Depending on when you are having your event there may be room for negotiation (if it is not at a busy time of year for the vendor). It is always a good idea to get more than one quote for each service and then try and play each one off the other to see who will give you the best deal. As already mentioned, once you have what 28 you think is your best deal, try and get an added discount in exchange for advertising.


Fundraising opportunities abound at the reunion itself. When selecting from the list below, keep in mind the work involved in relation to the payout.


4. Hold an online auction
This requires some effort soliciting donations as well as setting up displays of the auction items at the event. If you received donations in the form of goods and services, this could be a good place for those items. Local restaurants are often willing to give gift certificates for this purpose because it can draw in new clients as well as getting some exposure at the event.


You will need a sheet of paper that describes each item with space for people to write their name & bid amount. It is a good idea to have a list that describes all the items, and to give them out at registration. To simplify the work involved, auction off memorabilia that is already at the event. People can even bid on the enlarged photo of your school class. If committee members have old sports memorabilia that they no longer feel attached to they can include those items in the auction as well.


5. Set up a raffle
Although this also requires soliciting donations, it is less work than an auction. Set up a small table at the event (preferably at registration as well) where people can buy tickets. Have a sign ready detailing the prizes and the ticket price. You can also send a volunteer or committee member to sell tickets throughout the night.


6. Hold a 50/50 draw
This requires almost no effort, and can be arranged at the last minute, as long as you have a roll of tickets on hand. The idea is similar to a raffle, but the one prize is 50% of the money generated by selling tickets. So if you sell 100 tickets at $5 each, the winner of the draw will get $250 (half of $5 x 100), and $250 will be raised for the reunion. The 50/50 is a guaranteed hit, and there is almost no prep involved.


7. Sell drink tickets
If you need to cut costs, forget the open bar. Instead, each guest can receive two complimentary drink tickets. If they would like more, they can buy additional drink tickets for a minimal amount ($2 or $3). These can be used for beer, wine or mixed drinks. This not only brings in additional funds, it also makes people more aware of their alcohol consumption.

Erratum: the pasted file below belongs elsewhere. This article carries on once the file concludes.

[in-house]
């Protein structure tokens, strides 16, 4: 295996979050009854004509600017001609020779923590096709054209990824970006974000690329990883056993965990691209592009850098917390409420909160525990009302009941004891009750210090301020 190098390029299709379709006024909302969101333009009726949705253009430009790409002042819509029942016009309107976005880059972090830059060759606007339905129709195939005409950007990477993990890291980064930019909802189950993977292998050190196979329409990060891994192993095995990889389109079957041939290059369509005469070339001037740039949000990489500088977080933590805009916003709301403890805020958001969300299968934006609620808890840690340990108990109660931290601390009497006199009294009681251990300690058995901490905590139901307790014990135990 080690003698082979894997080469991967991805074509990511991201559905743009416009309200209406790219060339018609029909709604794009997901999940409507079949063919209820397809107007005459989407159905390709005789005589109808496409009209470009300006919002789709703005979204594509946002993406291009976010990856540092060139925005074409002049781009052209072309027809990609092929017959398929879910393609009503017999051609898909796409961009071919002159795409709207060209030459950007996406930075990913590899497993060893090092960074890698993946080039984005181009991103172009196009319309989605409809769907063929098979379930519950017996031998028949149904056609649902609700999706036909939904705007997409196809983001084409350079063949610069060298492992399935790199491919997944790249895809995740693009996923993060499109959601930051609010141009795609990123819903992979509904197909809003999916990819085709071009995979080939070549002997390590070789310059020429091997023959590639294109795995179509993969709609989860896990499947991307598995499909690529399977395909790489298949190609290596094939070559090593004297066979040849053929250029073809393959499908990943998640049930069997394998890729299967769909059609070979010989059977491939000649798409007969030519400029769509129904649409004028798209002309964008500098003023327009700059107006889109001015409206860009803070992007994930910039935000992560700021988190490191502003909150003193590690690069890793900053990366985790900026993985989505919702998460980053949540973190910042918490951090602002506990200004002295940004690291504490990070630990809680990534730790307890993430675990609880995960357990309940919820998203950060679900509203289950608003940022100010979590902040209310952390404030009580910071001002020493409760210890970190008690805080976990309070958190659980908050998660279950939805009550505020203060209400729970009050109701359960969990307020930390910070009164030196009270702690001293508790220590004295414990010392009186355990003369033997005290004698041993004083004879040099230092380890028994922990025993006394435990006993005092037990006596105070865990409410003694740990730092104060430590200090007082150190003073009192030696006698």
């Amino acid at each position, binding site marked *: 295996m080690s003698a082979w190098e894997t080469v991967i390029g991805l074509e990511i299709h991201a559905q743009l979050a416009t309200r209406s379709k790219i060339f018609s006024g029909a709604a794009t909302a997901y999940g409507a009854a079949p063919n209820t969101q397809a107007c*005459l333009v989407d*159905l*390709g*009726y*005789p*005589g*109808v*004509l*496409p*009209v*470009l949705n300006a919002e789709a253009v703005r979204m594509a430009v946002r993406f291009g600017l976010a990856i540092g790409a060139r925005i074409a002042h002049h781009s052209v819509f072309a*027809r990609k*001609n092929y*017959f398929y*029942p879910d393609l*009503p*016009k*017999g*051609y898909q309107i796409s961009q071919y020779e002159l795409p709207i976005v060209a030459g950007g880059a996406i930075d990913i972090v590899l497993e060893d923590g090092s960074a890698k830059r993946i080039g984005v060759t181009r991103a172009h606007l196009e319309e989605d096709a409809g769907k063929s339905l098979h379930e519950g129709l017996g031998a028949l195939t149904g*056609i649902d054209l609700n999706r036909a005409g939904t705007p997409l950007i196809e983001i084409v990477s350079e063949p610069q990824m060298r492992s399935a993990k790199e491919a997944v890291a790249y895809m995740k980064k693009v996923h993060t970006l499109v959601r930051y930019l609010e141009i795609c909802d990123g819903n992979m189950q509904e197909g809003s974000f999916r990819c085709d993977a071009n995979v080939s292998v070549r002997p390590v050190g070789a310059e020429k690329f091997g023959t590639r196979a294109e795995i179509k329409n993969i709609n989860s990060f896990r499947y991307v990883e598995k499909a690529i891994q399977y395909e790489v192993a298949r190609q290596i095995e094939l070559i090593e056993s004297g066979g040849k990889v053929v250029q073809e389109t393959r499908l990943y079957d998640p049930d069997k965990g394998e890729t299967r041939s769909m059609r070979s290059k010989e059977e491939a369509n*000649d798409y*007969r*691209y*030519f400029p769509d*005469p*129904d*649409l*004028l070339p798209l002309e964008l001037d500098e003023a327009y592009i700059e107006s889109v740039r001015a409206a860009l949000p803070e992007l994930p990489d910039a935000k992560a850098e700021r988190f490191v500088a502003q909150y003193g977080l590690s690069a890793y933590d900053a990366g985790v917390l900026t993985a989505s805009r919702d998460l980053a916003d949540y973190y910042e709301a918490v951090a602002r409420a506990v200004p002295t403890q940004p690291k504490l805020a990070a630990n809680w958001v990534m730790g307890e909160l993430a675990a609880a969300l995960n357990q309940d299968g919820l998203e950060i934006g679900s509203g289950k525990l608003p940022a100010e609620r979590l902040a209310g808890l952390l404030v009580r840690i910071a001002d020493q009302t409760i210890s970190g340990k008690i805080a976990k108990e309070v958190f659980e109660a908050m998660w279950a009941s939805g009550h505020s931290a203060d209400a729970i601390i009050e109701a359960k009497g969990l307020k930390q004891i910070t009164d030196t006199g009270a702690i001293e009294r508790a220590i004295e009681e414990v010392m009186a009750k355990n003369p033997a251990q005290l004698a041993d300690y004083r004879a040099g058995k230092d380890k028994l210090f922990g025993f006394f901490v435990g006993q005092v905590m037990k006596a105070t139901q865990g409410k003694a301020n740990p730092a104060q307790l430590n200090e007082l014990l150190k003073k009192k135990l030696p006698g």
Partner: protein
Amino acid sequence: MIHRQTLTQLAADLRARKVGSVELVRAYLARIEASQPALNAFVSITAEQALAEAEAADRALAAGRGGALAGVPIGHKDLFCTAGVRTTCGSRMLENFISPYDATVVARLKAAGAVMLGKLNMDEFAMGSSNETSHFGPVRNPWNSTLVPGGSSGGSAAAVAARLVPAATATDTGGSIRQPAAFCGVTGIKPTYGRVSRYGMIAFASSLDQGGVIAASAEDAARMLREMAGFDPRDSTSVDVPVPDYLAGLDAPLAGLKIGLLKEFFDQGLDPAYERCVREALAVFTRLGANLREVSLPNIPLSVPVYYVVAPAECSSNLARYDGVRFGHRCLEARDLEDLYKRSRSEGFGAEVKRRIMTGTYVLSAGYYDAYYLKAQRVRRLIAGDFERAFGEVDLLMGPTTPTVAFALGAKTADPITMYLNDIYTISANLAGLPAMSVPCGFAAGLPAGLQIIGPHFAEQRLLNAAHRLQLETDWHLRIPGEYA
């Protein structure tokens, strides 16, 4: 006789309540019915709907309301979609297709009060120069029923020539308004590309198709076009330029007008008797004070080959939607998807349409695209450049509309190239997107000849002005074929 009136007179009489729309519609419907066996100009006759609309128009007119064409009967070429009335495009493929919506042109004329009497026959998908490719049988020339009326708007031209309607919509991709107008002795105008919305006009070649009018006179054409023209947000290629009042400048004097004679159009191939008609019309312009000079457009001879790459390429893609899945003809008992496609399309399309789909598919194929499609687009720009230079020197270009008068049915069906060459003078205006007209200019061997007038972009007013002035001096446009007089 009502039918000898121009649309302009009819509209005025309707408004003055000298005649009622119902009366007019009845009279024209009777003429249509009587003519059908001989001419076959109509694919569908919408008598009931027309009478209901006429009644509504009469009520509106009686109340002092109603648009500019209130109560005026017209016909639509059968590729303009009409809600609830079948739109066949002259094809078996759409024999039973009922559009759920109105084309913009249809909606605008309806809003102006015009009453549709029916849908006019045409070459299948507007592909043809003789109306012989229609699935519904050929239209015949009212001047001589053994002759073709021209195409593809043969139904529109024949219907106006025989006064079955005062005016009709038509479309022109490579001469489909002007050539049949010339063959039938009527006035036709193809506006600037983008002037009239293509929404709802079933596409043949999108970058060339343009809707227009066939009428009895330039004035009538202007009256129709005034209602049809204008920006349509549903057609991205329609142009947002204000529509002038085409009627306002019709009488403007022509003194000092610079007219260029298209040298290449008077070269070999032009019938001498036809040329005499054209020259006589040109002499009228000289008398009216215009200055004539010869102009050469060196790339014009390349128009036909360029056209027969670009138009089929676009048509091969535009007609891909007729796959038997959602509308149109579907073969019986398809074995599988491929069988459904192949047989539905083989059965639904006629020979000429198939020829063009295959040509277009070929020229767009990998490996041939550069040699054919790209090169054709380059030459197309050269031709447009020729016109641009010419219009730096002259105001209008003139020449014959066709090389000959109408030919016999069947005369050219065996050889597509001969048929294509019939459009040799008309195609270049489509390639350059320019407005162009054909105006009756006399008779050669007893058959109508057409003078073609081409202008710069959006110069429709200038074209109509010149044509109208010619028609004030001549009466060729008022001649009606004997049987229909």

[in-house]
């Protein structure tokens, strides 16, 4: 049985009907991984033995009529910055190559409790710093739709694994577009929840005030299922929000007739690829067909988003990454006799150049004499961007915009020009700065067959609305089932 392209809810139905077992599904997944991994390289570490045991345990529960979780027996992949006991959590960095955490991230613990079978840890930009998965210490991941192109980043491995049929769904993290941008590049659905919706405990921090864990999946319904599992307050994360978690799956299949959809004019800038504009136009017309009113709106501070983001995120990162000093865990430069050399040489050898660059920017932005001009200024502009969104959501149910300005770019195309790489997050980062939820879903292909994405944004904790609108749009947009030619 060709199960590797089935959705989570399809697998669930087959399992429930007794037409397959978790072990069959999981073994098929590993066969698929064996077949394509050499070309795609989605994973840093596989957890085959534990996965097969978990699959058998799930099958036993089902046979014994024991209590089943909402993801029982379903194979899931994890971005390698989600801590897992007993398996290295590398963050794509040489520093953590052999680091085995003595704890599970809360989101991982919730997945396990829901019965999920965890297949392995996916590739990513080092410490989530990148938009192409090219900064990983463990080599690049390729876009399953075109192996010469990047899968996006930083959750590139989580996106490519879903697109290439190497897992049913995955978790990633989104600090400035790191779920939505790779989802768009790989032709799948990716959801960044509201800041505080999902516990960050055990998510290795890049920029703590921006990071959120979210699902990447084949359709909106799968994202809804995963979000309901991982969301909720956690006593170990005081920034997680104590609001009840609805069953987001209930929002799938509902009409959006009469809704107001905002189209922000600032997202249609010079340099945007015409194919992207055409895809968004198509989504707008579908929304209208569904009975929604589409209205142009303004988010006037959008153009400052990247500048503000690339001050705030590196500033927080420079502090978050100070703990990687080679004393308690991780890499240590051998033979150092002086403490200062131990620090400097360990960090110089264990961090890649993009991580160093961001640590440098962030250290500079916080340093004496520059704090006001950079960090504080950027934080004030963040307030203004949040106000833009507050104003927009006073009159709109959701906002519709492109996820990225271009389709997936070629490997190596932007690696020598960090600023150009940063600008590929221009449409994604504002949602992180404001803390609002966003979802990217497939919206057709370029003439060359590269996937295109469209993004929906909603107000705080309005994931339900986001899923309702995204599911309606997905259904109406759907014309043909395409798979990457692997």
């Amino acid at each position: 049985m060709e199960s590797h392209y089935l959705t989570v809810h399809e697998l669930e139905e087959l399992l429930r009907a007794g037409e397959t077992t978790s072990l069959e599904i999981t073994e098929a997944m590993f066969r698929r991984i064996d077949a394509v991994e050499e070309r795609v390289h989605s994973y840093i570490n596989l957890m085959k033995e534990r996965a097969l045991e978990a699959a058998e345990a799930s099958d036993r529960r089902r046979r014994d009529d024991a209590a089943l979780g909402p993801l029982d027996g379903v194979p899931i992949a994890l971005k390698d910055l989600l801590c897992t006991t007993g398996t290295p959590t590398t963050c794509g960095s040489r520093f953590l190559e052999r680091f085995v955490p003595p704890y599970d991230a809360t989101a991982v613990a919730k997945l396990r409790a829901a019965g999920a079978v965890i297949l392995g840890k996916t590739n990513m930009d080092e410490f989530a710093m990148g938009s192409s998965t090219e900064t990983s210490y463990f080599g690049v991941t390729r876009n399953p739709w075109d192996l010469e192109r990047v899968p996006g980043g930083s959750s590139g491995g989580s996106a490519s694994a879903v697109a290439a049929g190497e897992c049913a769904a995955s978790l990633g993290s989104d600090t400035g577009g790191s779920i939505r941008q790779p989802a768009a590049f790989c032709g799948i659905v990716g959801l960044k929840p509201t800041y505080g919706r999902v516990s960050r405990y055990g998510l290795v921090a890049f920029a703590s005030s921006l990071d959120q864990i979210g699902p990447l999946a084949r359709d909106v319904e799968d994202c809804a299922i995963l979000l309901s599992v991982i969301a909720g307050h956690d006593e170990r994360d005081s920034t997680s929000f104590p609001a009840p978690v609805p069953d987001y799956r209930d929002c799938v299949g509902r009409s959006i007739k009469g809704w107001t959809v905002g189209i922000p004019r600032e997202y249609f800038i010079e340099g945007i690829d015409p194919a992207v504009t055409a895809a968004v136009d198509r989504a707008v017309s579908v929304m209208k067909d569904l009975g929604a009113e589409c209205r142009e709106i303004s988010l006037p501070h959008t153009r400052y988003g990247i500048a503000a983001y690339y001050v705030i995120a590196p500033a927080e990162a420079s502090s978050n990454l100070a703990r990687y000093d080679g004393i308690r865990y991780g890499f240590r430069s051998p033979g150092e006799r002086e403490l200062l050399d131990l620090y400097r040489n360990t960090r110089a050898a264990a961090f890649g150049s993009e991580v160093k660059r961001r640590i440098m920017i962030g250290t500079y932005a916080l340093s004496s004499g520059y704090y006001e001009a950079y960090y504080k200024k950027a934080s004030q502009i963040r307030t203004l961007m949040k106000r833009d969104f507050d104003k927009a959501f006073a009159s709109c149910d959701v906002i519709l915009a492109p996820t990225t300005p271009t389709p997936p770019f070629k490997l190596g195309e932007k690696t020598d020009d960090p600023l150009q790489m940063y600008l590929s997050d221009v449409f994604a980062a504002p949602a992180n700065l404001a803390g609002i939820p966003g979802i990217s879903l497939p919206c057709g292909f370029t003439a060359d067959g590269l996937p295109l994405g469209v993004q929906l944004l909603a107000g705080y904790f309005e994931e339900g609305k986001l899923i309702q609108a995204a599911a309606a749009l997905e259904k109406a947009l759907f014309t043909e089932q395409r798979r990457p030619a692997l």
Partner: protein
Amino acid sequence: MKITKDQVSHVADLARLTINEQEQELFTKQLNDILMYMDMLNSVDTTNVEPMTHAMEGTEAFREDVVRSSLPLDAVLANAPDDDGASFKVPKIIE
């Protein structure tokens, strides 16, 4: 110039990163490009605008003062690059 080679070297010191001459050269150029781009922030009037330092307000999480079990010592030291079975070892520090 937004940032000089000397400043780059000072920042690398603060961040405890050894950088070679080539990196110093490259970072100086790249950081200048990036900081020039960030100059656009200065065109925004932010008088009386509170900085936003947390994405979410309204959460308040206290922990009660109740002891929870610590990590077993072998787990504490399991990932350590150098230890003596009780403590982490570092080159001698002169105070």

All of these fundraising opportunities seem to do better as the night progresses. As the liquor flows people are known to become more generous, so do not wrap up any of these efforts too early if you are serious about raising money. This may be particularly important if these efforts are required to balance the budget. In that case you may want to do more than one of the above.


Make sure there are many options for people not to drink and drive. This can involve the availability of taxis, designated drivers, or a hotel nearby to stay overnight.


Part III: Getting the Word Out


An important task for all committee members is promoting the event. If anyone on the committee works in advertising, public relations or promotions, have them lead this effort. Finding classmates is your first priority. Once you have started locating people, the focus changes to gathering bio information and selling tickets. 





As mentioned in Chapter 1, the classmate search starts with a trip to your old school. Try to obtain a complete list of your graduating class. This will ideally include their telephone number and address at the time of graduation. Hopefully, this will also include names of parents. Some schools may keep current contact information for any alumni who have inquired about upcoming reunions.


If the school does not have a class list, use your high school yearbook as a reference. Nowadays, many high schools have their own website since having an online presence has become so prevalent. You can ask your school to put a link to your reunion website on the high school website, and to mention the upcoming reunion in any newsletters.


Once you have a master list of names, you can create a page on your website that lists them. We recommend having another section of that page for those classmates that have been found. This can be done using a different section, using different colors, or even placing the list of found classmates on another page altogether. Make sure to keep a record of both married and maiden names. A word of caution - if someone is reported as deceased, make sure to verify the information before listing them as such.


Finding your classmates is one of the most important parts of planning the reunion because without your class there is no reunion! We recommend that everyone on the committee share the responsibility of searching for former classmates and spreading the word about the reunion. Now that social networking sites like Facebook, LinkedIn and Twitter have become so prevalent, getting the word out has truly never been easier.


The 7 Best  Ways To find your classmates


1. Word of mouth